Around Cora’s Garden: Pakalana

Pakalana is related to the milkweed plant, and it is also called Chinese Violet. It’s a woody vine with heart-shaped leaves. The flowers bloom in clusters of yellow-green flowers with a beautiful fragrance. Bees and ants love these blossoms. They bloom from April to September.

What I read about pakalana, it’s not the most beautiful vine, but the blooms and scent make up for that.

I added three pakalana plants to the old cucumber trellis this winter. Cucumbers have stopped growing well in this area, and it has been sitting empty. I’m keeping my fingers crossed that they like their new home.

Only one of the plants of blooming. I hope the other two will come in later.

Pakalana is my favorite Lei. It is usually worn in several stands. And I’m trying to see if I can make on strand from what I’m getting this season. Mom said to pick the open blossoms, sprinkle them with water, and put them in the refrigerator till I have enough for a lei.

What I’ve gathered

Around Cora’s Garden: Phalaenopsis

After the morning watering

Mom’s collection of Phalaenopsis is made up of mostly plants from the distressed plant rack. They are doing great since their move back to the backyard, some many buds on each of the plants. Mom gave the orchids a freshening up, trimmed the bad stuff, and added new potting media. Plus the move must be making them happy.

Around Cora’s Garden

I guess I’m in a writing slump, haven’t posted in a month. I thought I’d share some blooms from Cora’s garden. The weather has already warmed up. It feels like summer in the afternoons. I think it will bring us some beautiful flowers.

Anthuriums

Mom has tried a new potting technique with her anthuriums, recycling coffee filters and stuffing them in the pots. Not quite sure what it does, but it seems to be working as there are many blooms this year; several of them are pretty beautiful.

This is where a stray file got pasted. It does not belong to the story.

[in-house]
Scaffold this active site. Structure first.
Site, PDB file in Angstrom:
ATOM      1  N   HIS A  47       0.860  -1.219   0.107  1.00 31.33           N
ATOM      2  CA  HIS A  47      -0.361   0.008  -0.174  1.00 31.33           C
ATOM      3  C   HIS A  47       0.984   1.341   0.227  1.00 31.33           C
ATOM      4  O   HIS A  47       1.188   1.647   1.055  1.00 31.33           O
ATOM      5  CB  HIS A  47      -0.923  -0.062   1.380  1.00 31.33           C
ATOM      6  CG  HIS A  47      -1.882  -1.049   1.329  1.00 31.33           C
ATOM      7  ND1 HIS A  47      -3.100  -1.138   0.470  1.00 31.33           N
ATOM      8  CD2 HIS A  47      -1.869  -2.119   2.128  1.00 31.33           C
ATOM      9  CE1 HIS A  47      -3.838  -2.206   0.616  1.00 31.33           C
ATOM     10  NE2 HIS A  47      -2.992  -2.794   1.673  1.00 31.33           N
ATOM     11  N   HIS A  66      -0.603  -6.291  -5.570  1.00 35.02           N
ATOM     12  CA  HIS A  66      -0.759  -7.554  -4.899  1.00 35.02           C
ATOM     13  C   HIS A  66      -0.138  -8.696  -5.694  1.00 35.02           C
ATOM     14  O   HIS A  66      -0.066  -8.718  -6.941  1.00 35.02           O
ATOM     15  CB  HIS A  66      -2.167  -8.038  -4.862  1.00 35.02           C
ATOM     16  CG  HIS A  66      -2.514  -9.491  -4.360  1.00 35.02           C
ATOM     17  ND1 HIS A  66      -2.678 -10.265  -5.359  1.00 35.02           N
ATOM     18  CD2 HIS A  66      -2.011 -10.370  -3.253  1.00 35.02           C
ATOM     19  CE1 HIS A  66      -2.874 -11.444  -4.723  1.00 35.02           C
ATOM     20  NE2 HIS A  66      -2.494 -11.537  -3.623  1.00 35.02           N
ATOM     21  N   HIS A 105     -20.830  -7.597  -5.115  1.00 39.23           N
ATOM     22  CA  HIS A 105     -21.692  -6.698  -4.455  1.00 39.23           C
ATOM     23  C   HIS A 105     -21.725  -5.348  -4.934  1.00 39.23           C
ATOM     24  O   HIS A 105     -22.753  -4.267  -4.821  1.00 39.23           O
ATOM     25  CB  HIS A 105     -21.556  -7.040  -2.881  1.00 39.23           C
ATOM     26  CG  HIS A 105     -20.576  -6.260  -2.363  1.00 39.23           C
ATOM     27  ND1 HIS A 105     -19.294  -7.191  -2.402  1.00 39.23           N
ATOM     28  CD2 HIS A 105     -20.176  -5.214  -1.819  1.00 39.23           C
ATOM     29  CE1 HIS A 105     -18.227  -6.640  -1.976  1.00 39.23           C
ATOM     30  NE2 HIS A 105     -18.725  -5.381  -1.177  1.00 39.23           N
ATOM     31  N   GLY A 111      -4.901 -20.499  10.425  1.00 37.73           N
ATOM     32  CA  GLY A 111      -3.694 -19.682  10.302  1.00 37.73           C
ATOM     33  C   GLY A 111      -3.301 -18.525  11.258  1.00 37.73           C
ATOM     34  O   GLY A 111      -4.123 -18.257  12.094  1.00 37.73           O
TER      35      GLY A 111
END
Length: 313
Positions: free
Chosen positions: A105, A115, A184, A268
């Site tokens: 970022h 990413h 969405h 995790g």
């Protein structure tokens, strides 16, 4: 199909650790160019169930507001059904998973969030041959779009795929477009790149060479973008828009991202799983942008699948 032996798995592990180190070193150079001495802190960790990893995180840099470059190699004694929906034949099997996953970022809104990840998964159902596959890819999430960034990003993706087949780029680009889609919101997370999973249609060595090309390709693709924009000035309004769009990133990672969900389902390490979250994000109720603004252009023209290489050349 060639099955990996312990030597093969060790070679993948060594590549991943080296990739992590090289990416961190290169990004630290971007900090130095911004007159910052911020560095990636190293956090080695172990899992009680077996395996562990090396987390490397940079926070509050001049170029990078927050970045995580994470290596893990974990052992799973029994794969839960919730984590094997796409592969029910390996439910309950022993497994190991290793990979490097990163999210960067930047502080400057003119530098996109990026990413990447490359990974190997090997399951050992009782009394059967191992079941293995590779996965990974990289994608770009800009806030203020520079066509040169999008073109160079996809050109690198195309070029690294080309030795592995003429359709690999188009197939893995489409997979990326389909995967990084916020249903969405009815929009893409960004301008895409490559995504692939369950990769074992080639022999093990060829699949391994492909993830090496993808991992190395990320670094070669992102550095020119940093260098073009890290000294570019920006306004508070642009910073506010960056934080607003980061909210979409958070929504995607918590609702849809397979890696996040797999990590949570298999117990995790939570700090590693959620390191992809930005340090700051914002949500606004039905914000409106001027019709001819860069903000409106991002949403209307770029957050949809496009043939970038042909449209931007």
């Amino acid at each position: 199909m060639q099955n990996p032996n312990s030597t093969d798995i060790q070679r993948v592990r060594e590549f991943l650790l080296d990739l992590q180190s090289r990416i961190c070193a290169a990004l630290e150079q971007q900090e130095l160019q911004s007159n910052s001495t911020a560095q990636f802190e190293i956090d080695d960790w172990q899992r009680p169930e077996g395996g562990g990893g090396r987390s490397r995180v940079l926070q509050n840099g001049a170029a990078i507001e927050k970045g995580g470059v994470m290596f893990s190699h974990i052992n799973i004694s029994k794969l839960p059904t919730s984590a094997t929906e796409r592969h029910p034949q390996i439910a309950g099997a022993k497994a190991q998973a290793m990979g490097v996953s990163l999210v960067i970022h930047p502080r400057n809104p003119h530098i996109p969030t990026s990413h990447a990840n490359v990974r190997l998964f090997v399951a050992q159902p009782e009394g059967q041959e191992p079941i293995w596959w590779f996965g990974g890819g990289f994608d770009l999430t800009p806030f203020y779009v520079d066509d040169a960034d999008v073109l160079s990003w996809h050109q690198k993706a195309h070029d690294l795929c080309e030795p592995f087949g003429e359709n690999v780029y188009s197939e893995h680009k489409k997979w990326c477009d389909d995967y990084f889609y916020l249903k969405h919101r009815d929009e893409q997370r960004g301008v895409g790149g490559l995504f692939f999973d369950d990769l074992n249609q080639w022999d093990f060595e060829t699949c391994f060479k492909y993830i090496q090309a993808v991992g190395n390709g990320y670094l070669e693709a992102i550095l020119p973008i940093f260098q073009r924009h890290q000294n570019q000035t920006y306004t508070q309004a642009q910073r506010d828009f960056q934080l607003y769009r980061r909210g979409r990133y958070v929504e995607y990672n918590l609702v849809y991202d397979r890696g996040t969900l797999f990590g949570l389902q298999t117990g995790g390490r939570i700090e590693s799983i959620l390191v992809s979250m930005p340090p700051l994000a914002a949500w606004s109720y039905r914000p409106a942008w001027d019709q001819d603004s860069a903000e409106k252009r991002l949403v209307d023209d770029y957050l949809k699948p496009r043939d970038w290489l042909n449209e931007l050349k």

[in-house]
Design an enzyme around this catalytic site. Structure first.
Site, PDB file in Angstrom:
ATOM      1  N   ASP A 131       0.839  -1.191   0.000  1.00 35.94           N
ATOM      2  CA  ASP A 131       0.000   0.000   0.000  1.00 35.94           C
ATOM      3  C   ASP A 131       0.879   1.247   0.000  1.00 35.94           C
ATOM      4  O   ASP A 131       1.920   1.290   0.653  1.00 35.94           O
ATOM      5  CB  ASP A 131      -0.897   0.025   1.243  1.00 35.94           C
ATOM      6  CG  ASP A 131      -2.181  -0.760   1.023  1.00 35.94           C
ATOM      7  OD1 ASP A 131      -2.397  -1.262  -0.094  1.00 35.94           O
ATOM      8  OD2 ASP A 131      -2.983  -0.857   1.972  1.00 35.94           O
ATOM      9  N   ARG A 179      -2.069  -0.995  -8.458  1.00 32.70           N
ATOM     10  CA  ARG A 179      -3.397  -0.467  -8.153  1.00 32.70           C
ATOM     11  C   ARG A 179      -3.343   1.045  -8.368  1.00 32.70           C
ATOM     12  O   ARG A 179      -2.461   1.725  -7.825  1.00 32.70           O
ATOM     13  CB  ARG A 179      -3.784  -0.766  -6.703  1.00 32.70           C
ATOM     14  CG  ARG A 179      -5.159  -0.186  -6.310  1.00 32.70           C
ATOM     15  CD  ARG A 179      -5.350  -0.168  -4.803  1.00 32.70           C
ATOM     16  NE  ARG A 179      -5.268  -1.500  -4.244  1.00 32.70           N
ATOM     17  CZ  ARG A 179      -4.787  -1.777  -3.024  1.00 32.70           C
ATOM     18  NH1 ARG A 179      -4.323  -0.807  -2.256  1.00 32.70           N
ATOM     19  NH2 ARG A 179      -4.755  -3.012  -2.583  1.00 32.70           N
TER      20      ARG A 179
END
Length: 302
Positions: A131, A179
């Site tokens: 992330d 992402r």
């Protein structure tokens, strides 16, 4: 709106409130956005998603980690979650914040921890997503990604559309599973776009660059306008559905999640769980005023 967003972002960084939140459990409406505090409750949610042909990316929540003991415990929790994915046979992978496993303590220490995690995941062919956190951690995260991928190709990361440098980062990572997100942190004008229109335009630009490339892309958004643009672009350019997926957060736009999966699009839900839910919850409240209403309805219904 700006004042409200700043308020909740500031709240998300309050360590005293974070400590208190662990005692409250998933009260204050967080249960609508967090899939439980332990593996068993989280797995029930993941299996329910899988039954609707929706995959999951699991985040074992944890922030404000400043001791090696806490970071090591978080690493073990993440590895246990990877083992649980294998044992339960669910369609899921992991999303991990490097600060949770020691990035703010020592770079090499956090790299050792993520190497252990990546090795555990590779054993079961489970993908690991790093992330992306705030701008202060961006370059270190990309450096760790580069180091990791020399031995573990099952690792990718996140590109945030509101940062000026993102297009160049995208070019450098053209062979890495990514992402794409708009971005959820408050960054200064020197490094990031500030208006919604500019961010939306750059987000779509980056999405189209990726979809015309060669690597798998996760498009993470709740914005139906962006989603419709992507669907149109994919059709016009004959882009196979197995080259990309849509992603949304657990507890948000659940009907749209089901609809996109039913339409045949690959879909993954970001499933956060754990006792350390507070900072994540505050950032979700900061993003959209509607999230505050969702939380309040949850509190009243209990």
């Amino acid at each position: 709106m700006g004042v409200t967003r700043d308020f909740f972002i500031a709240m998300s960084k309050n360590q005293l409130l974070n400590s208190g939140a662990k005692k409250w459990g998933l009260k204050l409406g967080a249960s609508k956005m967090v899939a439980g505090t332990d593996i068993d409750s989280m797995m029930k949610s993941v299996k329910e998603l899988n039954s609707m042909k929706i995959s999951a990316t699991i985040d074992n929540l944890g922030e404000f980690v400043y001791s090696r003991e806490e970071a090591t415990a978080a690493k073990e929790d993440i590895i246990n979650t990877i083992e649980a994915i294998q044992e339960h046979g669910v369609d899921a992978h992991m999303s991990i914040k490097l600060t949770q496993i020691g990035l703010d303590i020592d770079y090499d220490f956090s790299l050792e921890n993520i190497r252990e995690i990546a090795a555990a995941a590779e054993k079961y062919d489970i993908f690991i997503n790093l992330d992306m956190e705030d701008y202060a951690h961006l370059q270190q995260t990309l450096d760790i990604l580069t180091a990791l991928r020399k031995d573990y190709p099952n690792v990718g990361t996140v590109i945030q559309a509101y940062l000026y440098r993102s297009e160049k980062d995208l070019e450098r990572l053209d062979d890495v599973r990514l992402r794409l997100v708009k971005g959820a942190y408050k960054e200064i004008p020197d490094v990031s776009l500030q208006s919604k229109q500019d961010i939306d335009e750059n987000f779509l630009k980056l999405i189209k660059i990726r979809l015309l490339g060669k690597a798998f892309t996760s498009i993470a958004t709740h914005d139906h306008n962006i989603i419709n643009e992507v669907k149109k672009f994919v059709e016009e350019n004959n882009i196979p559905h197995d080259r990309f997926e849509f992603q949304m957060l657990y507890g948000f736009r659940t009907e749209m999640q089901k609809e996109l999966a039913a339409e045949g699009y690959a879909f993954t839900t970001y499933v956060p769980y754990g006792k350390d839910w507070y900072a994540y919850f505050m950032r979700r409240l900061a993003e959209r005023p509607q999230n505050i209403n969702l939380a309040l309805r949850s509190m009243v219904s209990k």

Geranium seeds from NJ

When I moved back to HI, I brought geranium seeds from my beloved plant. I finally got around to planting it. Only one of the seeds took, and it is enjoying the move. I got some blooms on it. The dark pink tipping around the petals isn’t as pronounced as in NJ. It could be the sun, although it does live under the greenhouse. They are still so beautiful and delicate and remind me of cherry blossoms.

The Art of Sharing

Ever wonder about the high cost of food and how people deal with it. In Hawaii, it’s more significant as food and goods not available on the islands come in from the mainland. I try and buy locally and just enough for a week or two to eliminate food waste in our house. In my three years back on the island, I notice this is one of the most significant ways we deal with the high cost is sharing our food.

Just this week, I get a call from my cousin “M” and if we wanted a soursop. Of course, it’s a yes. It’s Mom’s favorite. Right before she hangs up, I ask if she wants kale.

Soursop chilling in the refrigerator

“Sure!” she replies.

And the cycle repeats itself many times over in many Hawaii households. To me, this is the art of sharing. 

What’s a soursap?

I realized I may have never described what a soursop was like. This is because I haven’t tried it. Green gnarly fruit kind of scare me since being introduce to durian (Southeast Asia’s beloved fruit). On first meeting, soursop looks like a relative of durian–big, green, and knobby. But it doesn’t smell.

The inside is creamy white with large black seeds with no bad smell. My cousin recommends to put it in the freezer for a refreshing snack.

Another sharing moment

Guava trees are fruiting now. Trees brought to the house by the birds that my mom feed every morning. Fruit are slightly larger than a golf ball. First three guava wen to the bird (not intentional), got the next three. Beautifully pink inside.

Cora’s Garden: The Beloved Honohono

Mom’s honohono has bloomed. Just one spike this year.

The Honohono orchid is very beloved amongst the orchid growers in Hawaii. The sweet scent and cascading flowers something to look forward to in the spring. Here’s an article to give you more information about these orchids.

Cora’s orchids are having a very active blooming season this year. Though the orchids plants themselves need more care. Once the blooms are gone, will tend to them with some repotting the is very needed on several of them. We moved them in the patio so we can enjoy them together.

Mom’s also wanted to show off her oxalis that has a blooms.